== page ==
A Mill/Grinder- I love alternative flours. I have made flour out of peas, rice, beans, spelt, einkorn, and even cheatgrass seeds. Just think how unstoppable you could be if you could make flour out of weeds- ain’t nobody going hungry who can do that! The cool thing about hand crank grinders is that you can find them at thrift stores or used online for pretty cheap. They don’t take up a lot of space and you can set them up almost anywhere. We use ours to grind all our meat scraps from animals that we process ourselves. There are different plate attachments so your hand crank meat grinder can also serve as a hand crank mill for making flour, or grinding nuts or even spices. Two amazing tools for the space and price of one, and it’s all powered by elbow grease- what’s not to love!!!!

Cast Iron- We are kind of collectors of cast iron, but the most used pieces we have are a 6” skillet, a 10” skillet, a 12” dutch oven, and a griddle. With these four glorious things we can cook anything we want on a stove, in an oven, over a fire, or on the wood burning stove. Cast iron does not require intense washing- in fact if you want the best results (non-stick and ultimate flavor) just keep adding oil/grease to the skillet and don’t ever wash with soap. Just rinse with water and a quick wipe with a metal scouring pad and voila! Large Bowls- We have several large bowls, some metal and some ceramic. Chris uses these often for making beautiful loaves of bread. We use bowls for everything from mixing salads to marinating steaks. We couldn’t have meals without them! A Freezer- If you want to eat meat sustainably in Wyoming it is wise to buy it when it is most available. Most pastured products are produced during the Late Spring/Summer/Early Fall. That leaves a lot of the year to be without a sustainable source of meat if you don’t have a way to keep a large quantity for an extended period of time. Owning a chest freezer or stand-up freezer can get you to a point of food freedom that grocery stores just can’t offer. Plus you can buy an entire pig, lamb, half a beef, or several chickens that have the same nutrients and quality taste they did the day they came off the pasture- all winter long, minus the preservatives that grocery stores add to maintain color and structure in transit….phew!  You can also store lots of veggies and fruits in the freezer for those long dark months when a shot of natural sugars and vitamins from the landscape is just what your guts and morale need.  Blanching and freezing veggies is super easy and quick to do. Tomatoes, for example, are actually easier to use in recipes once they are frozen. Just place them in hot water for a few seconds and the skin slides right off! Just keep in mind a lot of veggies can’t be frozen straight from the garden because they will turn to mush once thawed. A quick blanch (dip in hot water) helps preserve nutrient value and keeps this from happening. Different veggies require different blanching times so look it up and give it a go! The kitchen is really where the rubber meets the road when it comes to eating sustainably. Hopefully this list of tools will help you shape your kitchen into a more sustainable force for your family. As always if you have any questions or want any further advice for any of these things I mentioned in this list let me know. Also, if you have other tools you think should be on this list I want to know. We believe there is always a better way to do things and always something to learn and improve upon. I would love to swap sustainability tips- so give us a shout. Happy sustainable cooking, preserving, and eating!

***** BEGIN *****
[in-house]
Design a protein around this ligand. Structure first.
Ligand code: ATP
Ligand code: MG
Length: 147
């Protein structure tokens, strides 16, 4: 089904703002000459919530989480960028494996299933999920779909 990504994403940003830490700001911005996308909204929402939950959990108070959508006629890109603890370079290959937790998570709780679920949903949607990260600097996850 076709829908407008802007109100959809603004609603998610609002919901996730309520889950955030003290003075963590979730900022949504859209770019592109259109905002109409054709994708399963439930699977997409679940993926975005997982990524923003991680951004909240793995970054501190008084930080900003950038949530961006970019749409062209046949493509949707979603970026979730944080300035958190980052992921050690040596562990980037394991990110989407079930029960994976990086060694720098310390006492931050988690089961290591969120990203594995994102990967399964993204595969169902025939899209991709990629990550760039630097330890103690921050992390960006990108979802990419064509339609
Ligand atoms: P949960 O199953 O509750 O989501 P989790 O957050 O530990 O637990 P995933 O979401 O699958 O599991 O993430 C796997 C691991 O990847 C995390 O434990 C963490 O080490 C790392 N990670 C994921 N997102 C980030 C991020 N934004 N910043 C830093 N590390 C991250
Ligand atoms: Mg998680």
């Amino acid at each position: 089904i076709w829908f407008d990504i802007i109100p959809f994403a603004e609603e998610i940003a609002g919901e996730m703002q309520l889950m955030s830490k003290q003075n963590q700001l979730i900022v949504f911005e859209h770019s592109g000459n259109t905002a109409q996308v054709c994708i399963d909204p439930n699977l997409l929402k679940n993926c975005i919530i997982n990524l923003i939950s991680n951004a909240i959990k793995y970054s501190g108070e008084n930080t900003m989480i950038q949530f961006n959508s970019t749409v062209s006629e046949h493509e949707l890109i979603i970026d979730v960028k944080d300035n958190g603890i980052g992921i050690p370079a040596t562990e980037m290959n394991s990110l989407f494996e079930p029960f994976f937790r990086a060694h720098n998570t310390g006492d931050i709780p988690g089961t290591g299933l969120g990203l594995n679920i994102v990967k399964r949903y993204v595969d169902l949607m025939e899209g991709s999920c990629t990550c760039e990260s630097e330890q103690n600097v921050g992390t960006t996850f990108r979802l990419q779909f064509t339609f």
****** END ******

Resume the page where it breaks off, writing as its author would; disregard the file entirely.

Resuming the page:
-BJ and the Taste of the Wind Crew

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Often-times people don't want to think about the last day their food lived. I get it. It's heavy and it can leave us feeling guilty for sustaining ourselves as meat-eaters. AND it often-times leaves p